It’s always interesting to see how things become “normal” — for instance, since the Industrial Revolution, everybody’s pretty much just accepted that an 8 hour day (with one break in the middle) is how we should work.
But actually, behaviour and performance research shows that as humans, we do better when we don’t push straight through the day. As counter-intuitive as it may seem, you’re much more likely to get more done in less time (not to mention feel better) if you divide your day. Try it out with these techniques:
Pomodoro and similar systems
As humans, we’re really only able to give great, concentrated attention to something in short bursts. So instead of trying to buckle down to one task for hours on end, instead; try breaking your day up into small chunks that are better suited for your natural attention span. There are loads of methods for doing this, but the Pomodoro method of 25 minutes on, 5 minutes off, is one of the most popular.
Follow your energy
We all go through cycles of energy throughout the day, so if you can divide your day according to these peaks and troughs, you can often be much more productive. This is of course easier if you work for yourself, or at a place with flexible start times (like Clear Books), but even if you’re in a more traditional work setting there are loads of things you can do to match your tasks with your energy at any given time. For instance, if you know that you always hit a slump around 4PM, then plan to do stuff that doesn’t require a lot of brainpower then, like paperwork, and save the high intensity stuff for another time during the day.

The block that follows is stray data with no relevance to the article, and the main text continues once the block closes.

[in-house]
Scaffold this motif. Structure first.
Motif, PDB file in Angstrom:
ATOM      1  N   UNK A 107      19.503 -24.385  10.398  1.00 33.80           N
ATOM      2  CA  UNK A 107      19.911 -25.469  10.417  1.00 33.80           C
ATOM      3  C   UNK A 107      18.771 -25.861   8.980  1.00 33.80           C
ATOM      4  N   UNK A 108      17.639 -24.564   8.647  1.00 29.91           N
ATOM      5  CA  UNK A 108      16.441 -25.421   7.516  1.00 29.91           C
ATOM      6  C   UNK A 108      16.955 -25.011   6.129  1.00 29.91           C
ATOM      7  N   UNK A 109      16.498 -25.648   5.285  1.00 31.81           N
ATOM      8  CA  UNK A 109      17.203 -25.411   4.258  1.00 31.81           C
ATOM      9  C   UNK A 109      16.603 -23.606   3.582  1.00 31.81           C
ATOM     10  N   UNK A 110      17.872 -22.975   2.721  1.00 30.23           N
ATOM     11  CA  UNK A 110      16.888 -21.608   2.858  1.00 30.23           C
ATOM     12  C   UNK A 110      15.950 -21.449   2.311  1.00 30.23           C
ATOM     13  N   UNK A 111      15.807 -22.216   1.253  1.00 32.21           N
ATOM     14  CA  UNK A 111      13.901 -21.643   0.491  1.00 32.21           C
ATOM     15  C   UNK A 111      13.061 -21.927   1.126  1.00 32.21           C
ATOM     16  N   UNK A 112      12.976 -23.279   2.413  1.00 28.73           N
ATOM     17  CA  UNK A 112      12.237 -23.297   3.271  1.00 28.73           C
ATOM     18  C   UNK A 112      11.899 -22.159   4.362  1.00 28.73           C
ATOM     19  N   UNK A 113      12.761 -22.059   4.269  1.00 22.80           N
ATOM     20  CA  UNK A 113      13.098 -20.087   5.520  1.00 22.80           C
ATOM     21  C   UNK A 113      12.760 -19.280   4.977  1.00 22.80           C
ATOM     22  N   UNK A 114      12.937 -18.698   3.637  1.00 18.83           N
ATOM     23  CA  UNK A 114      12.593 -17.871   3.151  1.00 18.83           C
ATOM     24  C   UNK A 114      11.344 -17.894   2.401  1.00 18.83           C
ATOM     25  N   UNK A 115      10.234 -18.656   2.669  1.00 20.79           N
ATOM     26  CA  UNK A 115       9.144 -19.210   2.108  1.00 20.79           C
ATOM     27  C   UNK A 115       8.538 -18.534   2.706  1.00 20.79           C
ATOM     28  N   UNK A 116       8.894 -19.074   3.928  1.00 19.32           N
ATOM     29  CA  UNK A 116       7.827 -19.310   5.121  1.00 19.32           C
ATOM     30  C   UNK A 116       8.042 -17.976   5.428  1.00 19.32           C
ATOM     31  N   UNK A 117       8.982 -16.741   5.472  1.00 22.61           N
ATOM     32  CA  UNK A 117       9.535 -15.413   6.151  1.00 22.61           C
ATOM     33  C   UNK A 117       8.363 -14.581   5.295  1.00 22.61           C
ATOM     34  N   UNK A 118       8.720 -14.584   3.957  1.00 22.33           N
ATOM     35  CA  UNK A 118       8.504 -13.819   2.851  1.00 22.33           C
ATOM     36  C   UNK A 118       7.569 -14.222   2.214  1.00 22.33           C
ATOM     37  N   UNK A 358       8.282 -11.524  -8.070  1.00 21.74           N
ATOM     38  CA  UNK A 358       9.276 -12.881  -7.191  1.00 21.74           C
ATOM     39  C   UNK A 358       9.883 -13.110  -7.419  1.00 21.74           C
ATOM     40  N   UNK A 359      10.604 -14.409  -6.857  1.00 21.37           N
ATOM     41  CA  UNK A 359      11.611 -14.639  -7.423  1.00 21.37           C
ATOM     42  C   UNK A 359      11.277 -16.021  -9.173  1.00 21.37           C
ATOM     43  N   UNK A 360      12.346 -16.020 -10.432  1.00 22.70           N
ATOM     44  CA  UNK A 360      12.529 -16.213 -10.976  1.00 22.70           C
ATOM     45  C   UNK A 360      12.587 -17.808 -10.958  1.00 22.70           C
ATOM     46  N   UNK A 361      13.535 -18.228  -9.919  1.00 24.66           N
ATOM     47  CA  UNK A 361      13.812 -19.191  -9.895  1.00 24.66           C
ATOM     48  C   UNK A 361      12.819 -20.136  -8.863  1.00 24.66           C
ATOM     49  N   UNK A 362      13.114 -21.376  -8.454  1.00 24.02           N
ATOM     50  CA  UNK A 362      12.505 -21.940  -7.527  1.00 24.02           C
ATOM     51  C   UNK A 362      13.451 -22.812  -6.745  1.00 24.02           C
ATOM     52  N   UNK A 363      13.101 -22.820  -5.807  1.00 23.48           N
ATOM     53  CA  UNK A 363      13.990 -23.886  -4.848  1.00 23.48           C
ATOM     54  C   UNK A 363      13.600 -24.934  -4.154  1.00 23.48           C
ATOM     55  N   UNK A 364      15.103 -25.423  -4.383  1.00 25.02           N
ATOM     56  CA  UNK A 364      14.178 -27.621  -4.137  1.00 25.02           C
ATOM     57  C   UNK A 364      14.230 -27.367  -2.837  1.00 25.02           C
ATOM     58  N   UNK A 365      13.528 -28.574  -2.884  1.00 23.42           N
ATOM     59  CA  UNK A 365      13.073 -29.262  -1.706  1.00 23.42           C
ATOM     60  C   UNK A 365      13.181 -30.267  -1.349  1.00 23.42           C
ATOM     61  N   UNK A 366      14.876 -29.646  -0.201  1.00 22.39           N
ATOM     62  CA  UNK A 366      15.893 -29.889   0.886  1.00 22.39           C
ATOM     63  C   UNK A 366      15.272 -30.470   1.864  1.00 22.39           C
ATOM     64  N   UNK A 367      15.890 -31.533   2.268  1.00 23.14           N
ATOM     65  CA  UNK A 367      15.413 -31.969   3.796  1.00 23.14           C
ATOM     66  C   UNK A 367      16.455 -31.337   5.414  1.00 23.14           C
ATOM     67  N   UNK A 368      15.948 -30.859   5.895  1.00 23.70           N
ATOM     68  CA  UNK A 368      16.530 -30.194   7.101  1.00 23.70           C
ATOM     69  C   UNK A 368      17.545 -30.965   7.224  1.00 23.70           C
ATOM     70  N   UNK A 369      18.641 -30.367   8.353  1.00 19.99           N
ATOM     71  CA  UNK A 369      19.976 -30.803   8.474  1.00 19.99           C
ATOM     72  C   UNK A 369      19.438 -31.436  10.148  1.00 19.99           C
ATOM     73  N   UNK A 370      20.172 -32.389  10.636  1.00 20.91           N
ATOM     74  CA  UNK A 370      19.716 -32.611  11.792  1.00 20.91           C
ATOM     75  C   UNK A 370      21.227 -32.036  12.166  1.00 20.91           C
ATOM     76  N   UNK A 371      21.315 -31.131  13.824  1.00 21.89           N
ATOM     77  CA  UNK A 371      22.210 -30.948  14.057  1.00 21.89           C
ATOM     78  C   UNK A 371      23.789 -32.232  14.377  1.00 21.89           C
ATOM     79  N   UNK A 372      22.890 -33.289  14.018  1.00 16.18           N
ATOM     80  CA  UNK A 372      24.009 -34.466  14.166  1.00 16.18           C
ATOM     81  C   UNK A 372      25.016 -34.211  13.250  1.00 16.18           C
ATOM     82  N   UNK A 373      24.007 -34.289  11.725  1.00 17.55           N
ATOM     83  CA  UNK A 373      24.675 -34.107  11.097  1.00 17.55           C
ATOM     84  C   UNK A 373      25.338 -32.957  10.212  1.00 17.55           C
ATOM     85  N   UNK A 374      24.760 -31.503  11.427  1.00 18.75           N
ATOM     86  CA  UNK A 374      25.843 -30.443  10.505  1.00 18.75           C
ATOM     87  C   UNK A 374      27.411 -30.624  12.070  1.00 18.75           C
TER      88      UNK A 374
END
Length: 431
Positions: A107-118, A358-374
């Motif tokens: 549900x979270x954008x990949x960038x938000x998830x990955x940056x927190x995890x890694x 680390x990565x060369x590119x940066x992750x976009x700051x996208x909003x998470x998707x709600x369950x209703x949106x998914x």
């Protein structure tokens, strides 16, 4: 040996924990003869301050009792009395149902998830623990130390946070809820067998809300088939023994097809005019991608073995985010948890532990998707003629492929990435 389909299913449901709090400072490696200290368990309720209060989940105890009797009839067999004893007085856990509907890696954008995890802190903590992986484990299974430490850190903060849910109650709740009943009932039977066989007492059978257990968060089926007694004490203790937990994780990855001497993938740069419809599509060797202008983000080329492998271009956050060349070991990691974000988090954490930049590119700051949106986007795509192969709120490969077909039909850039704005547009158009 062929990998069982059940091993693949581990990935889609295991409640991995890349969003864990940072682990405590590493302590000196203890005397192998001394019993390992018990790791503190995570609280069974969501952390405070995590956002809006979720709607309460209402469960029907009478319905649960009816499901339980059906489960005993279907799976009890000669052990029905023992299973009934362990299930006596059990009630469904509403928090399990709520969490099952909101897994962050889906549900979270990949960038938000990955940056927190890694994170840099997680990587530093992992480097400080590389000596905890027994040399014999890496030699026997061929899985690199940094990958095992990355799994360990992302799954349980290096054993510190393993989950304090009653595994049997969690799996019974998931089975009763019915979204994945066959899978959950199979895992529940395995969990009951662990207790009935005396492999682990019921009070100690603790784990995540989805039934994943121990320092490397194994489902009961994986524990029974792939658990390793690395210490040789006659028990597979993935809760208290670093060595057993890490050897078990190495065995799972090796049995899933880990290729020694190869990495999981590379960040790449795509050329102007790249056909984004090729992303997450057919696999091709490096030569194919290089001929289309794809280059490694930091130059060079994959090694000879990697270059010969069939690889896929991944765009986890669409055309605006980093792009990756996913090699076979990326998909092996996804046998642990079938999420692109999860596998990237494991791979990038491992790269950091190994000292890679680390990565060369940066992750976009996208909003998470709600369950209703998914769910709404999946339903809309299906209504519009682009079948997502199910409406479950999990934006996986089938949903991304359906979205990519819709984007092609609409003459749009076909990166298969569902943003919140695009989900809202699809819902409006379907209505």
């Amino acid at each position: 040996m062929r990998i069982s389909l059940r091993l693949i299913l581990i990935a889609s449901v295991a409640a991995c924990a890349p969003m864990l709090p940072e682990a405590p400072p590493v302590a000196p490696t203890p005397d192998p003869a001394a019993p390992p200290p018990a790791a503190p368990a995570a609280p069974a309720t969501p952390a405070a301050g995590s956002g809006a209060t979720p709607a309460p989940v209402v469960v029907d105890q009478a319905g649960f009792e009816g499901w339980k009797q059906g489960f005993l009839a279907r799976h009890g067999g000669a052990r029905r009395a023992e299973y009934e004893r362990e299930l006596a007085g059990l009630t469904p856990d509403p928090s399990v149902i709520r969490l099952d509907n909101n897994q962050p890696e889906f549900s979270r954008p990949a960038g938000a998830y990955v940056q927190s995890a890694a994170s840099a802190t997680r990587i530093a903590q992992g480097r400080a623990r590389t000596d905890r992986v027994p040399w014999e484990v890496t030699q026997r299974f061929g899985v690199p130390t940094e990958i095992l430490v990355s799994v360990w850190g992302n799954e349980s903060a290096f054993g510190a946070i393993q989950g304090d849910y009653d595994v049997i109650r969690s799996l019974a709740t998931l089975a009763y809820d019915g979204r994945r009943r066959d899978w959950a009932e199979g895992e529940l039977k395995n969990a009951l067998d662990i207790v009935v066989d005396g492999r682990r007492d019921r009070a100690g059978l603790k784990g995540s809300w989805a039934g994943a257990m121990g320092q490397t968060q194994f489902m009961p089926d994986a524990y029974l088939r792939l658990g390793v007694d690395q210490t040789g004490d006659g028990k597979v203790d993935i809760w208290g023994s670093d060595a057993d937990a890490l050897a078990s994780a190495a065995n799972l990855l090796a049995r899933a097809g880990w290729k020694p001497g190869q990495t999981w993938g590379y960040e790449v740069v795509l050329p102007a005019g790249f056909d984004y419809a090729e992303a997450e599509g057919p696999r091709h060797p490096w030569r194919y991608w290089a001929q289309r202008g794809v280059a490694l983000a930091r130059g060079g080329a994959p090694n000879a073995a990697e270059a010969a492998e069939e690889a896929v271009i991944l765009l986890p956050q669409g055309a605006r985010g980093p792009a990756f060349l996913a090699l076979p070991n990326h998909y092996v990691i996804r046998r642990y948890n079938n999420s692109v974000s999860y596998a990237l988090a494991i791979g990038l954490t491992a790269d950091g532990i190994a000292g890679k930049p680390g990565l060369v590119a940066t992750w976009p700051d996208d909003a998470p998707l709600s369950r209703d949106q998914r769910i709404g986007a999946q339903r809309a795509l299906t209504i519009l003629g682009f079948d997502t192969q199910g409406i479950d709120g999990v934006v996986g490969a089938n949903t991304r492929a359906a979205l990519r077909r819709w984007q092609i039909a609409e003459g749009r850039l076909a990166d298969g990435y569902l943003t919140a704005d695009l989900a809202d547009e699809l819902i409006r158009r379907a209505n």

While you’re following your energy patterns, why not batch tasks to get even more done? Batching tasks is a method of working in which you take things that you would normally do repeatedly over an extended period of time, such as writing blog posts, catching up on industry papers, or even cooking, and instead do them in concentrated batches.
So for instance, if you have to write one blog post every week, instead of actually writing one post per week, you could write four at the beginning of the month. On a more micro scale, you could batch tasks throughout your day, like answering emails in two pre-determined batches rather than ad hoc. This lets you get into the flow of doing these tasks without interruptions, which means you’ll be able to work faster and get more done.
Have clear boundaries
Finally, make sure that you create clear boundaries to mark the beginning and the end of the different parts of your day. Physical cues are great for this — for instance, if you’re going to work in short increments, you could get a glass of water every time you set your timer. Both those physical actions at the beginning of that increment will clue your brain in that it’s time to get focused. Similarly, it’s good to create cues like this as you switch from one type of activity to another, whether that’s switching from high energy work to low energy work, or from work time to home time.
How do you divide your day? Tell us in the comments below!